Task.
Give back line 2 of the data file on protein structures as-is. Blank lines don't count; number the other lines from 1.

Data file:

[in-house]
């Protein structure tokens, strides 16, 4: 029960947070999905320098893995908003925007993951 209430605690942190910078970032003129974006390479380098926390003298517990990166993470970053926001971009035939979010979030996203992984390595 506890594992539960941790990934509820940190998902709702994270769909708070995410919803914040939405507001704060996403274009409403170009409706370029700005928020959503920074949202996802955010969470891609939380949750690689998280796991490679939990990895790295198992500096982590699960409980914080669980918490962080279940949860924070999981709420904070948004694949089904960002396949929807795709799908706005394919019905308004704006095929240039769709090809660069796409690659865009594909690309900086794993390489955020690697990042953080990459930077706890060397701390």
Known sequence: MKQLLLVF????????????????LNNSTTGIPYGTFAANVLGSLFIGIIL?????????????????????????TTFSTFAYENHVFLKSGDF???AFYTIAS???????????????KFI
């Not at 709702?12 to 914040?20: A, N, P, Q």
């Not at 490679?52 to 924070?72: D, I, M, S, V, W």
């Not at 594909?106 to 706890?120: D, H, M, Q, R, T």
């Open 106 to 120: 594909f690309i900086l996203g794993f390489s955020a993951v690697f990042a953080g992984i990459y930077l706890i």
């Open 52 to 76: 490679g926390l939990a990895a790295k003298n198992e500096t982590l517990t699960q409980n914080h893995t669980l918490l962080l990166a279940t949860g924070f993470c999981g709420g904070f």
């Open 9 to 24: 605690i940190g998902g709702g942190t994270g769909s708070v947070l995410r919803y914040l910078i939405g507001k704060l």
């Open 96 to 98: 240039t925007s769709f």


């Protein structure tokens, strides 16, 4: 029960947070999905320098893995908003925007993951 209430605690942190910078970032003129974006390479380098926390003298517990990166993470970053926001971009035939979010979030996203992984390595 506890594992539960941790990934509820940190998902709702994270769909708070995410919803914040939405507001704060996403274009409403170009409706370029700005928020959503920074949202996802955010969470891609939380949750690689998280796991490679939990990895790295198992500096982590699960409980914080669980918490962080279940949860924070999981709420904070948004694949089904960002396949929807795709799908706005394919019905308004704006095929240039769709090809660069796409690659865009594909690309900086794993390489955020690697990042953080990459930077706890060397701390």